For training and testing, pathogens were cultivated again on Columbia agar with 5% sheep blood for 24 h at 36 ± 1°C. For early trainings steps, some blank agar plates were placed in the same incubator for the same incubation period. Twelve hours before dog training, a sterile cotton swab (5 × 5 cm, Fuhrmann Verbandstoffe GmbH, Much, Germany) was placed in the top of the agar plate to absorb the bacterial odor or, for the negative control, the odor of the blank agar plate at 36 ± 1°C. The swab had no direct contact with the blood agar. The swabs were then placed in a plastic container (1 L, Jockey Plastik, Wippeführt, Germany) with a perforated lid. To avoid cross contamination, a container was used for one type of pathogen only. For training, the containers including the swab were used for a maximum of 2 wk. Between training sessions, they were kept refrigerated at 6°C. For dog testing, new samples were produced by culturing pathogens on blood agar and exposing cotton swabs to the culture odor for 12 h. The swabs were placed into new containers.
For experiment 2, bacterial colonies from same species as in experiment 1 were captured with an inoculation loop from the plate (1,000 cfu/mL) and dissolved in 2 mL of fresh bulk tank milk with SCC <120,000/mL. Of this milk, 1 mL was pipetted onto a cotton swab and placed in the bottom of the plastic container. In experiments 2 and 3, bacterial concentrations were 102 and 108 cfu/mL, respectively.
Bacterial cell pellets were produced for experiment 3 by incubating 20 strains of Staph. aureus, Strep. uberis, and Enterococcus spp. each (all isolated from milk samples of cows with clinical mastitis) for 24 h at 36 ± 1°C in 10 mL of brain-heart broth. From this broth, 100 µL was transferred into 10 mL of sterile brain-heart broth and again incubated at 24 h at 36 ± 1°C under aerobic conditions. After incubation, 2 mL of broth of each strain (approximately 2 × 108 cfu/mL) was transferred into a reaction tube (Eppendorf, Wezzlingen-Berzdorf, Germany) and centrifuged (600 × g) for 15 min. The cell pellet was solved in 100 µL of H2O-free glycerin and the cell glycerin suspension stored in cryotubes at −20°C. For dog training and testing, the cell glycerin suspension was solved in 2 mL of fresh bulk tank milk (SCC <120,000/mL; total plate count <10,000 cfu) and 1 mL was pipetted on a cotton swab. We used bulk milk instead of sterile milk in order to train the dogs to ignore low concentrations of ubiquitous bacteria. The cotton swabs were placed into plastic containers as described above.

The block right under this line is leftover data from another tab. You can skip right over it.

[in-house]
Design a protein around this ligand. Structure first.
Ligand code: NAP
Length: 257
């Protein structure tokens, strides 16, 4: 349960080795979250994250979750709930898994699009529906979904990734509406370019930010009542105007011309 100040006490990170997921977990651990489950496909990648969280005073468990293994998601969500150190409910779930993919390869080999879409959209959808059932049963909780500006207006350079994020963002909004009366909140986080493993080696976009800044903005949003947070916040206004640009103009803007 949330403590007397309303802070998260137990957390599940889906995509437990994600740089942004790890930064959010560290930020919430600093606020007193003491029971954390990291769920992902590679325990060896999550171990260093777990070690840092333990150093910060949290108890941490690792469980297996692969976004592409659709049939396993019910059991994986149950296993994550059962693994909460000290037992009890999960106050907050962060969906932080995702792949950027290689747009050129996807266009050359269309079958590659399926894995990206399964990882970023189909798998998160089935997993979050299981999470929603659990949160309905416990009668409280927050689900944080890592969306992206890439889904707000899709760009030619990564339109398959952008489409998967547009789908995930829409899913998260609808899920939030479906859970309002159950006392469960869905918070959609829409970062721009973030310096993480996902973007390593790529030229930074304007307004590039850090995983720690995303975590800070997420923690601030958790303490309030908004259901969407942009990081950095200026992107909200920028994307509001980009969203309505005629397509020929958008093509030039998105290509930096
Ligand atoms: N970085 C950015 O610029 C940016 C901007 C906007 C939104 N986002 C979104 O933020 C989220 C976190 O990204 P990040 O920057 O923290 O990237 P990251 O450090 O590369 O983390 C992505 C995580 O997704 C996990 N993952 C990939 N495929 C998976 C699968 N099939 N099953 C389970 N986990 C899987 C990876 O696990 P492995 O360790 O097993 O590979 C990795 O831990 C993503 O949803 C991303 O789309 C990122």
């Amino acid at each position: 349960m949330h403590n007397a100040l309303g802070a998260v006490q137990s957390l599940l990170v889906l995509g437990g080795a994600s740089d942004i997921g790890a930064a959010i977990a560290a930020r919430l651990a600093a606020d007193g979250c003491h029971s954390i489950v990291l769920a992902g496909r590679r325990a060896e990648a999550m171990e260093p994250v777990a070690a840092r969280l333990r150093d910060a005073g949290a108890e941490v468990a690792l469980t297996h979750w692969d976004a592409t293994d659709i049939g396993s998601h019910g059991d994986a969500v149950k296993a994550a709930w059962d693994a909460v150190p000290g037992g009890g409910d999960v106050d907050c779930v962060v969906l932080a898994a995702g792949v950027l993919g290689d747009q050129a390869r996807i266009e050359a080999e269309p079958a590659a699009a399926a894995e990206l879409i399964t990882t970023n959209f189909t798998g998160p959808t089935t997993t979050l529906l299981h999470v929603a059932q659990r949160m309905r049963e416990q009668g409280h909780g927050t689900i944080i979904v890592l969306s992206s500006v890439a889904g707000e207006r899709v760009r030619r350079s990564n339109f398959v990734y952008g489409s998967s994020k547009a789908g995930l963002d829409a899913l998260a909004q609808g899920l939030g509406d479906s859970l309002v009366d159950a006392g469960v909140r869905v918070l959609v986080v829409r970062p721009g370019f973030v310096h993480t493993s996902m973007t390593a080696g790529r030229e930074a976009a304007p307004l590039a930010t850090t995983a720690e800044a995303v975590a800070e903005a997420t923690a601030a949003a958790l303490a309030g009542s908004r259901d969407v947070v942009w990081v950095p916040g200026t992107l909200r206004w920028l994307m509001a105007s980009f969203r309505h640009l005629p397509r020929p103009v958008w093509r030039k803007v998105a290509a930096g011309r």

For experiment 4, milk samples from cows with signs of clinical mastitis (see above) were used. Milk sample were sent to the Freie Universität Berlin from various dairy farms in Brandenburg, Germany. Aliquots of 10 mL were shipped to 3 mastitis diagnostic laboratories and 1 aliquot was refrigerated at −20°C. Samples were only included in the experiment if at least 2 laboratories made the same bacteriological diagnosis. Samples with Staph. aureus (n = 11), E. coli (n = 5), Strep. uberis (n = 8), and Trueperella pyogenes (n = 1) were included. For dog testing, 1 mL of the milk sample was pipetted on a cotton swab and placed into a new plastic container. Up to 10 test samples were generated from 1 aliquot.